It's an odd sight to see such beautiful homes missing the basic city amenities of sidewalks and lamp posts.
With the city foisting sidewalk expenses on the home owner I doubt we will see a coordinated effort to install them. It's too bad, because it makes our neighborhood less walkable.
Maybe we should have an Art & Wine Festival fundraiser along the sidewalks oft the Municipal Rose Garden to raise funds for sidewalk installations and for maintaining the gardens.
Some interesting back history on Morse Street...
The property was purchased from General Naglee's large ranch and orchard operations and segmented into several different tracts.
Unlike the wealthy families who's grand homes on The Alameda became too costly to maintain over the generations, Morse street was built by and for the trades people and date back to the early 1910's and later. My home was built in 1926 was the home of neighborhood plumber, my neighbor's house was the household staff at the Hart's mansion (where the YMCA is today).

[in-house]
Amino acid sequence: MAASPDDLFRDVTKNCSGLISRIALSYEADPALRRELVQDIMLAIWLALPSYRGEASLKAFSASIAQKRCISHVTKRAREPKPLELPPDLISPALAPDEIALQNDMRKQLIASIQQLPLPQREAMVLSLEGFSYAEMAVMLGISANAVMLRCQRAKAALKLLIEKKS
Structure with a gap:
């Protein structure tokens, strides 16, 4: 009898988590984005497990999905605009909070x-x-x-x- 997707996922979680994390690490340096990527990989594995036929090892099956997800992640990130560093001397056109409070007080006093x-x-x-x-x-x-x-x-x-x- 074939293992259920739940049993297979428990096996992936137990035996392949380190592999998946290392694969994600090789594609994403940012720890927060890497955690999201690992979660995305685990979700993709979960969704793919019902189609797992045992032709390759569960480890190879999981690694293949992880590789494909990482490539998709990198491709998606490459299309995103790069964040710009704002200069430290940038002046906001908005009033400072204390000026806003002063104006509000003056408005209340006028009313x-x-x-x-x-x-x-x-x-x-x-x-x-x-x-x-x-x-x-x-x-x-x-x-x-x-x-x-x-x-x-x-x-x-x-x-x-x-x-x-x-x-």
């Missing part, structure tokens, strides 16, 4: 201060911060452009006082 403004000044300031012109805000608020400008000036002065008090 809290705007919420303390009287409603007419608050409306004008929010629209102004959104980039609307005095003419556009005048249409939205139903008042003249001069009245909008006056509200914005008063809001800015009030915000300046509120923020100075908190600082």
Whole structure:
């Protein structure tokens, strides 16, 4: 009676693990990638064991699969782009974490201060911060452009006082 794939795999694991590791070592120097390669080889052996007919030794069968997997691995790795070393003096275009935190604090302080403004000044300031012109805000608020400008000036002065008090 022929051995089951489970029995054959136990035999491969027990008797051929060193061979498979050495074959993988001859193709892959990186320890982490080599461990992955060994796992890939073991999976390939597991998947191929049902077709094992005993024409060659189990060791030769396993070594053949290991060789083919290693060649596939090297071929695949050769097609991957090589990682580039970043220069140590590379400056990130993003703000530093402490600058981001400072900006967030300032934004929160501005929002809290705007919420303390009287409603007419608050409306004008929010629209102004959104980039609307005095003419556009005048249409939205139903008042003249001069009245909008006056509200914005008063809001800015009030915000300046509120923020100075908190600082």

Morse Street is named after the famous Morse of Ferry-Morse Seed Company who ran the largest seed company the world had ever seen. The historic Morse Mansion isn't even on Morse Street, it is at 781 Fremont Street in Santa Clara.
Morse Street has two segments that are separated where the Saint Nicholas Greek Orthodox Church is, and continues where the oldest Quaker house is in California. It was cut off when Highway 880 was trenched through the neighborhood.